New York Times' writer Tyler Kepner wrote Sunday, in an article entitled, "Some Players Are Not All-Stars, but They Are All-Important", about the, "...pleasant surprises for each team," in baseball as they head into the mid-summer classic, with right-hander Livan Hernandez Mr. Kepner's example from the Nationals' roster in the "first half" of the 2010 campaign:

"WASHINGTON: LIVAN HERNANDEZ, P The seemingly ageless Hernandez began spring training without a team, signed with Washington for $900,000 and has been the only starter who has stayed in the Nationals’ rotation all season."

Oddly enough (I guess it's not odd, but alphabetical) the San Francisco Giants' Andres Torres is identified as the Giants' pleasant surprise on the list immediately above Mr. Hernandez, with Mr. Kepner noting that the Giants', "...32-year-old journeyman outfielder has gotten on base consistently and stolen bases to bolster a sagging offense. He also homered off the mighty Stephen Strasburg on Friday."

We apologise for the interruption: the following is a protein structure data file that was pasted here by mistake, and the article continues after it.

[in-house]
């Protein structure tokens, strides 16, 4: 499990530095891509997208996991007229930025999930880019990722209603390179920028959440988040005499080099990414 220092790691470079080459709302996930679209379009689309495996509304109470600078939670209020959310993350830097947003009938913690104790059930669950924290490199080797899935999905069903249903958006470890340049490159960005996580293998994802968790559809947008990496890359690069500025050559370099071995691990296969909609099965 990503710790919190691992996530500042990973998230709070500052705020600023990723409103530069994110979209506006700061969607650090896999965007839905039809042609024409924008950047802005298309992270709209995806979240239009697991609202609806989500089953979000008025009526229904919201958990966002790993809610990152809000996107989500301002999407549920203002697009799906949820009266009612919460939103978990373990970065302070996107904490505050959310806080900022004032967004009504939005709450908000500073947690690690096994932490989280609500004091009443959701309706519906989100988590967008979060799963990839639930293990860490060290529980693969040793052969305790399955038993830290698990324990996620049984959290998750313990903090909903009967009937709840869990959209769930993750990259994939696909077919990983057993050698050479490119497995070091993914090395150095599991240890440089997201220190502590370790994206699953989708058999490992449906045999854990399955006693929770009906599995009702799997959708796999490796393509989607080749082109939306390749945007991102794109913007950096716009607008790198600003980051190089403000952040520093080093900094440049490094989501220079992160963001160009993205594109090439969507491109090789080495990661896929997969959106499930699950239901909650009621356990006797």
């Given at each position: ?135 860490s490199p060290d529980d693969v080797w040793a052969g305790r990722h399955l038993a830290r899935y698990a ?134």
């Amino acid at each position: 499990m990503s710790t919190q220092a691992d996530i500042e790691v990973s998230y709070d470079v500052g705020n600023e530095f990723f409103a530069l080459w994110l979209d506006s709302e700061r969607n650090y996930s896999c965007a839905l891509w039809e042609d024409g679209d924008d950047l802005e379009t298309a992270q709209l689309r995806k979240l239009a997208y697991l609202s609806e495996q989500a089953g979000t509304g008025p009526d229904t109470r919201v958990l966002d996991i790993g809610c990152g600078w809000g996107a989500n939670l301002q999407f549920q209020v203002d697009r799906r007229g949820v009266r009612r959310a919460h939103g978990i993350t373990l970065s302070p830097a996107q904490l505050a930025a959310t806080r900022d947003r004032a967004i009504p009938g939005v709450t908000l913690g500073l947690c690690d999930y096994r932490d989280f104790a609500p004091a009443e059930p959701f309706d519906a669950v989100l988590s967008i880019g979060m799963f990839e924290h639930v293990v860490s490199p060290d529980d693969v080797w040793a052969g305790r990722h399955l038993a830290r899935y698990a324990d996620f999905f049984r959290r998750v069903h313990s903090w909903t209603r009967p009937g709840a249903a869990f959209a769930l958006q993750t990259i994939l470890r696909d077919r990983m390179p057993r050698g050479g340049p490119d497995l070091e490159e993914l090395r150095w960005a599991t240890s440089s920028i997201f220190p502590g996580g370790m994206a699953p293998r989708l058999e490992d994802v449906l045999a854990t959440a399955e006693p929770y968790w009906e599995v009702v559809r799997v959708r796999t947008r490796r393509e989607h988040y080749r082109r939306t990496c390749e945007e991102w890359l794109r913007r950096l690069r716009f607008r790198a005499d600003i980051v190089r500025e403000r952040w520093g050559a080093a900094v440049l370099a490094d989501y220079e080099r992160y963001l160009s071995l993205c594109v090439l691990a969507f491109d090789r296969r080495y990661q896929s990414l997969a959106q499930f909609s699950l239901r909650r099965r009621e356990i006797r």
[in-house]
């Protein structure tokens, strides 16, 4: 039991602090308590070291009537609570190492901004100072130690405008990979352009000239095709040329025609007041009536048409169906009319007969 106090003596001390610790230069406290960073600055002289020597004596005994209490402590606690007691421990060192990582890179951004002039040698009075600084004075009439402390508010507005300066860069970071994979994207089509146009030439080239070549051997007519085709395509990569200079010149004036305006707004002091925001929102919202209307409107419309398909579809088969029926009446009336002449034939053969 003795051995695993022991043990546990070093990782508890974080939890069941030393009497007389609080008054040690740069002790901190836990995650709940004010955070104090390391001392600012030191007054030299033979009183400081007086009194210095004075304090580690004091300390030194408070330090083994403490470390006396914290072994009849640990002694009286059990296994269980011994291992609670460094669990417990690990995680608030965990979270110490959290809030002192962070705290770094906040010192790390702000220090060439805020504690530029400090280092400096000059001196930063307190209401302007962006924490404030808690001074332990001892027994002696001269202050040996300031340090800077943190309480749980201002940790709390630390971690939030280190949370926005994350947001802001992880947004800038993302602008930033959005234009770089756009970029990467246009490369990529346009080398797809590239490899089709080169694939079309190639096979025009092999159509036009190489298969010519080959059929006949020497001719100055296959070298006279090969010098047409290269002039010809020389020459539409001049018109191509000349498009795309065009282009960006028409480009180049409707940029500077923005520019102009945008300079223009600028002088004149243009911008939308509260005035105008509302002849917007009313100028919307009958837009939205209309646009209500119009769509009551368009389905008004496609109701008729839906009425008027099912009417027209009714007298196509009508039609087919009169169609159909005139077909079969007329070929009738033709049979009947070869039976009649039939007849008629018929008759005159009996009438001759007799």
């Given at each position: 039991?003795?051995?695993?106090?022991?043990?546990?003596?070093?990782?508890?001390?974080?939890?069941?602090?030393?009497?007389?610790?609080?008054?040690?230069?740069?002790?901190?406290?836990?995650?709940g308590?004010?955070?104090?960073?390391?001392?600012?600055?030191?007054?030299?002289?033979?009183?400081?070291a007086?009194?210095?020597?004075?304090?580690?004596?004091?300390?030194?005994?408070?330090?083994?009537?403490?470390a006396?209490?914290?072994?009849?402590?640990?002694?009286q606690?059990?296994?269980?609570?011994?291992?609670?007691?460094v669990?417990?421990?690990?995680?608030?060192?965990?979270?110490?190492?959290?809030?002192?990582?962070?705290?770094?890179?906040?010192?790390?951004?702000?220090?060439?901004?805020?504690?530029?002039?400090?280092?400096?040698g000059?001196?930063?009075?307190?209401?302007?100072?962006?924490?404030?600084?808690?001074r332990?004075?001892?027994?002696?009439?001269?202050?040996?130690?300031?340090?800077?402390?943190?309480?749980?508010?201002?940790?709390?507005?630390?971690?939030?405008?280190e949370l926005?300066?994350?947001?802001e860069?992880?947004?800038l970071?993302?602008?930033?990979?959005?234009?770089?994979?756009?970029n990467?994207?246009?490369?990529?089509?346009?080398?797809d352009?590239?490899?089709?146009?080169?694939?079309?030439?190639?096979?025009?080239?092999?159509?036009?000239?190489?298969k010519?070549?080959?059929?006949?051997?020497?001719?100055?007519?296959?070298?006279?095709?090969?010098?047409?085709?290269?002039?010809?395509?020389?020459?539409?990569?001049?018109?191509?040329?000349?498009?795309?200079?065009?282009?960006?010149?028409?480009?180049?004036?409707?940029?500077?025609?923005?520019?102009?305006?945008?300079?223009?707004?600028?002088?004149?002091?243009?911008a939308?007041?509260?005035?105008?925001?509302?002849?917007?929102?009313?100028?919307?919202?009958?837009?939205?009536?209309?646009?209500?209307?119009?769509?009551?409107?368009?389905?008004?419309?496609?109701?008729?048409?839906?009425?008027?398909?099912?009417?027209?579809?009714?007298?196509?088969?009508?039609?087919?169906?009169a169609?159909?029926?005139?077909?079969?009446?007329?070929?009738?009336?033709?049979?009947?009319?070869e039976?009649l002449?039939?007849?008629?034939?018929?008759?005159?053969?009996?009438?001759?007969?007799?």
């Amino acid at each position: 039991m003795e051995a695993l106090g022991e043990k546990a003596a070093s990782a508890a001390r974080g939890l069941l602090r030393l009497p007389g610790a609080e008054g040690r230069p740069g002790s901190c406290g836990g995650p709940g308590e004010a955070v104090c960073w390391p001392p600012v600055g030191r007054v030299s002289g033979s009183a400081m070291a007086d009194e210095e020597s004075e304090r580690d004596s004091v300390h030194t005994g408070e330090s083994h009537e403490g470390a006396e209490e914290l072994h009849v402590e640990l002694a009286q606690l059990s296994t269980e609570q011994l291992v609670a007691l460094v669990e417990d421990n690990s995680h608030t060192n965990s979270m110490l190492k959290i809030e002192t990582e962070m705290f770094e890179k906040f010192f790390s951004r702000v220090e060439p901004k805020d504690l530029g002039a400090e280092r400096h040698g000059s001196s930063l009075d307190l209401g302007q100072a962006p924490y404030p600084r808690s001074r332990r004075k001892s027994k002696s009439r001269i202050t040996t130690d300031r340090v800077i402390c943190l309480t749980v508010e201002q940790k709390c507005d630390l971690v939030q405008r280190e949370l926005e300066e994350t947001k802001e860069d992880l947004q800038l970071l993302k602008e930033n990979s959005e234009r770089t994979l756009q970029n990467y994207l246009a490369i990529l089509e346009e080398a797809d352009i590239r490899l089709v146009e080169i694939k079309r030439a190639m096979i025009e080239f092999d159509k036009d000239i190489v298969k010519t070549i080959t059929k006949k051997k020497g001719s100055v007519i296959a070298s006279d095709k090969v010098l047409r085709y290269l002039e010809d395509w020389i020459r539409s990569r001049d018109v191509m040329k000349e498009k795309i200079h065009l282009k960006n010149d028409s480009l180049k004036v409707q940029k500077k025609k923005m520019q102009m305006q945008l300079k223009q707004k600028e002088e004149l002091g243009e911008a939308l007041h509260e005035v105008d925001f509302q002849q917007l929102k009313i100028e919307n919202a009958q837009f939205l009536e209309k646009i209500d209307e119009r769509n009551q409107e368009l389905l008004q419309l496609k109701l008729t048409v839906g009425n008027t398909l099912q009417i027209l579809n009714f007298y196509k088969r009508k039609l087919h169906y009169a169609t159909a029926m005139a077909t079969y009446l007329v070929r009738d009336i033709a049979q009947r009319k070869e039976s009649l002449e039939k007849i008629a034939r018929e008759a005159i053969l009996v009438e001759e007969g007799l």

What Mr. Kepner doesn't mention, however, is that Strasburg fooled Torres so badly with a 5-pitch barrage of curves and changes in his next at bat, that Torres ended up injuring his groin swinging wildly trying to make contact with an 84 mph 2-2 bender that dropped 11-to-5 across the zone from outside and ended up low inside on the switch-hitting outfielder who was obviously bating from the left side against the Nats' right-hander. (ed. note - "Sorry, the next news item doesn't end with a Strasburg anecdote...the last one does though, sorry...")

• Is Adam Dunn Dictating This? 

ESPN.com's Buster Olney hit NatsTown with a shock and awe Twitter attack late Tuesday afternoon, writing a series of messages about the Nats' ongoing negotiations with their big middle-of-the-order bat Adam Dunn. You can read the series of Tweets at @buster_espn, but to sum up the message in one of the Tweets Mr. Olney posted: 

"Heard this: Would-be free agent Adam Dunn has just about lost interest in working out a long-term deal with the Nationals..."